PITTSBURGH — Gov. Tom Corbett told an oil and gas industry conference Thursday that opponents of drilling are trying to downplay clear evidence that the shale gas boom is helping Pennsylvania’s economy.
Corbett said drilling opponents suggest that the 20,000 or 30,000 jobs generated directly by the industry “really don’t mean so much” and that there aren’t many additional jobs beyond those.
Corbett launched his re-election campaign last week, and one online ad claimed that the Marcellus shale natural gas industry supports more than 200,000 jobs in Pennsylvania. Some economists said that number was too high. Former President George W. Bush also addressed the conference during a lunch session, but it was closed to reporters.
In his Thursday speech to about 1,500, Corbett modified his language slightly, saying that the 200,000 number includes people who were “made more prosperous” by the boom in shale drilling that began about five years ago. The Marcellus shale extends under large parts of Pennsylvania, West Virginia, Ohio and New York, and now some of the western regions are also beginning to produce oil from another formation, the Utica shale. Corbett said it’s clear that farmers and other residents have benefited from billions of dollars in royalty payments and that law firms and others have hired numerous additional employees. Corbett spoke at the DUG East conference, an industry trade show that highlights oil and gas production in the region.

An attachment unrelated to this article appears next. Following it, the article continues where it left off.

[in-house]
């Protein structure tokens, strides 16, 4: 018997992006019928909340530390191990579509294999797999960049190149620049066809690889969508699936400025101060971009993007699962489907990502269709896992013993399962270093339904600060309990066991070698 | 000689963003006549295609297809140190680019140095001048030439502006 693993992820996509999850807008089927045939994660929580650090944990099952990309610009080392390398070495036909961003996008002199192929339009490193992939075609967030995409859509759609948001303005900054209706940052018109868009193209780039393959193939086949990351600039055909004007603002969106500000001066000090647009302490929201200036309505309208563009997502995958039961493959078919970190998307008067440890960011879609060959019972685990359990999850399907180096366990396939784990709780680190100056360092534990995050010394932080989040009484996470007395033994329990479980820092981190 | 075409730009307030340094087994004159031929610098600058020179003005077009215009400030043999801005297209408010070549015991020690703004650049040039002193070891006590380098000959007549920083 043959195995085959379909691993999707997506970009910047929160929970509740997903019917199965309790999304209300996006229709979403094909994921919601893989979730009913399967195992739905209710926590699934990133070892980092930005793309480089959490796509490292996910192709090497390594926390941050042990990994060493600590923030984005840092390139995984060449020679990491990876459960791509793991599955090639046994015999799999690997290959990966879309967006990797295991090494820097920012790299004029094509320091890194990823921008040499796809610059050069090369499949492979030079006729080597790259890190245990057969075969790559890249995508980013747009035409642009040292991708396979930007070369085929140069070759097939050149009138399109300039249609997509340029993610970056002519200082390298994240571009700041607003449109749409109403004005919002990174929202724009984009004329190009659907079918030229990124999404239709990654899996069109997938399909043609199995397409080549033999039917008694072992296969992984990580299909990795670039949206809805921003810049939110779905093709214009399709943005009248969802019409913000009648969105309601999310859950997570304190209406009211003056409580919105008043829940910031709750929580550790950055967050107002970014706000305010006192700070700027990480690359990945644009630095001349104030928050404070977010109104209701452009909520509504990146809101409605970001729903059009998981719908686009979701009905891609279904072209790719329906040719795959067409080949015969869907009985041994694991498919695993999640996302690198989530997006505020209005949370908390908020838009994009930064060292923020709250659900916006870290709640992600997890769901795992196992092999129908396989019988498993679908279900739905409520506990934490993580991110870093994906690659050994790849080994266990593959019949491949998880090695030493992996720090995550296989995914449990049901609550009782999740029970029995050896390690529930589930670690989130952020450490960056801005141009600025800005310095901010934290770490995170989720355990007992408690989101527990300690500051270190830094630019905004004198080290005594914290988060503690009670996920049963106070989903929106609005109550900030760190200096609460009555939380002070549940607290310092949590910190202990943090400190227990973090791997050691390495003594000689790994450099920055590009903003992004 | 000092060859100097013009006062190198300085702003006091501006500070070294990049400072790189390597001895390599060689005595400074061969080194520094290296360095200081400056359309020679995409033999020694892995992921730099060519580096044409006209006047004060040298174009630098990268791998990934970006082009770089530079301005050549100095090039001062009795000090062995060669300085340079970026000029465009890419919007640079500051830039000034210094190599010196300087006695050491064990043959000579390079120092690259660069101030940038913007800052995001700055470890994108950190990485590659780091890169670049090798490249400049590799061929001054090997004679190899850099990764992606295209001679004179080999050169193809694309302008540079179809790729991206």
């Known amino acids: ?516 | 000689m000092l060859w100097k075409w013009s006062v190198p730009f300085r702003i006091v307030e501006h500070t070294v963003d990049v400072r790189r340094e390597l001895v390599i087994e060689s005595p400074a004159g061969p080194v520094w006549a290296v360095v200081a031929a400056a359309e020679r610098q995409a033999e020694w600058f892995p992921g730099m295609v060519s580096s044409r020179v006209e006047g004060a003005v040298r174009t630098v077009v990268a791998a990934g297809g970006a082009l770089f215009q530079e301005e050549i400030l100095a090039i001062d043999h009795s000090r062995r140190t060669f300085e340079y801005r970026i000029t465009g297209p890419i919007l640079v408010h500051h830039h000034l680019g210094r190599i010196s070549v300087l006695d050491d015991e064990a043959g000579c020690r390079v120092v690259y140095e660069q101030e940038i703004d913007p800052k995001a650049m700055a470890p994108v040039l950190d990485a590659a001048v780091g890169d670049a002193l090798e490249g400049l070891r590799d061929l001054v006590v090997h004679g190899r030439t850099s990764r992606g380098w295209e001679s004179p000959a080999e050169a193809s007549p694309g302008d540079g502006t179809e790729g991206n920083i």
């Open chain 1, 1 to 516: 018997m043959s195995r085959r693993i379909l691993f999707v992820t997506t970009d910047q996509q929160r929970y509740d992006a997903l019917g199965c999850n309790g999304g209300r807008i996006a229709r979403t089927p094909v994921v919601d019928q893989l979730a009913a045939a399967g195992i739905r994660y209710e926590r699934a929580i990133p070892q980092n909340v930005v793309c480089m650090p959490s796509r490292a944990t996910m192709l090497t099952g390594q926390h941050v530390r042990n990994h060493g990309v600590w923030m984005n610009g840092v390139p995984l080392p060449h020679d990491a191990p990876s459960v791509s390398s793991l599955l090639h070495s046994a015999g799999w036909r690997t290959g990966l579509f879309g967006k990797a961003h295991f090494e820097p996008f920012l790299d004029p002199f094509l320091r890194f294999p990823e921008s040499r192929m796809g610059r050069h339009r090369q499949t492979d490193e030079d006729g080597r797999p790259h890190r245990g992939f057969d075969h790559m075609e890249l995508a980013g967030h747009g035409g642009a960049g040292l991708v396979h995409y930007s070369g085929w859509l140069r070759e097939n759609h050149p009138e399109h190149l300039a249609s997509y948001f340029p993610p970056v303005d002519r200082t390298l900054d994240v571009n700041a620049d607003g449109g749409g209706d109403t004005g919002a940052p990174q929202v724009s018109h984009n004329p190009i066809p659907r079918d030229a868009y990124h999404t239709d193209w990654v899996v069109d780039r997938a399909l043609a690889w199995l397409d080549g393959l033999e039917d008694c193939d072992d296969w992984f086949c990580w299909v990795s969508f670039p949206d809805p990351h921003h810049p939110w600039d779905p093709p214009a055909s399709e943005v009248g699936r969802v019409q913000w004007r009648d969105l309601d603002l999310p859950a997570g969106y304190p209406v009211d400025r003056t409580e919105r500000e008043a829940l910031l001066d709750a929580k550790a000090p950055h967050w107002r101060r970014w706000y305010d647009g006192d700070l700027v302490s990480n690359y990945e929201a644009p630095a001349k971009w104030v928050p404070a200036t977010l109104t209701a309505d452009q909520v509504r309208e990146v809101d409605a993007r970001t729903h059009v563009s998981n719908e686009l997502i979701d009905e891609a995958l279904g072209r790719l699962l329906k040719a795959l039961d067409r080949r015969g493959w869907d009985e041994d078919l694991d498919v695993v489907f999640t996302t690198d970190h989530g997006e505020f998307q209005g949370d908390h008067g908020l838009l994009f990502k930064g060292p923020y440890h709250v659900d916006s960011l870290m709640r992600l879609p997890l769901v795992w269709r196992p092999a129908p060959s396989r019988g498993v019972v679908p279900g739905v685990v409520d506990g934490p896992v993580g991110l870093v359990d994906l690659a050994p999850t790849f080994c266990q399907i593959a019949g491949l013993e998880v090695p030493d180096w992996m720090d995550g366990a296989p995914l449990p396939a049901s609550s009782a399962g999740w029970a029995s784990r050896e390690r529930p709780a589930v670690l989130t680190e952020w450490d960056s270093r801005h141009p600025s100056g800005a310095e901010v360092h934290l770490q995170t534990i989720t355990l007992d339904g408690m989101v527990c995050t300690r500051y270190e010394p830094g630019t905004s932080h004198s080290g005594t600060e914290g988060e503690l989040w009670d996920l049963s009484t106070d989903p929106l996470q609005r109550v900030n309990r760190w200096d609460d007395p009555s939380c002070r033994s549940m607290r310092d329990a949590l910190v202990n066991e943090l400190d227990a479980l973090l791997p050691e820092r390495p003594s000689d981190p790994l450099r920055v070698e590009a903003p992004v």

“The opponents of drilling have really become what I would call economic change deniers,” Corbett said, while also claiming that the industry has complied “very well” with regulations.
“Every once in a while there’s an exception,” he said, adding that the state also has a duty to protect the environment. Erika Staaf, a spokeswoman for PennEnvironment, said in a telephone interview that state regulators don’t have adequate resources to be able to know whether all companies are following regulations. Staaf also said the state’s online lists for drilling industry fines and infractions “are flawed and incomplete.”
Other state and national environmental groups have also been harshly critical of Pennsylvania’s oversight of the drilling boom. Tim Kelsey, director of the Penn State Center for Economic and Community Development, has said Marcellus shale drilling is undoubtedly having a positive employment, wage and income effect on the state, particularly in the counties where drilling is going on.
“What is not clear exactly is how large those effects are,” Kelsey says.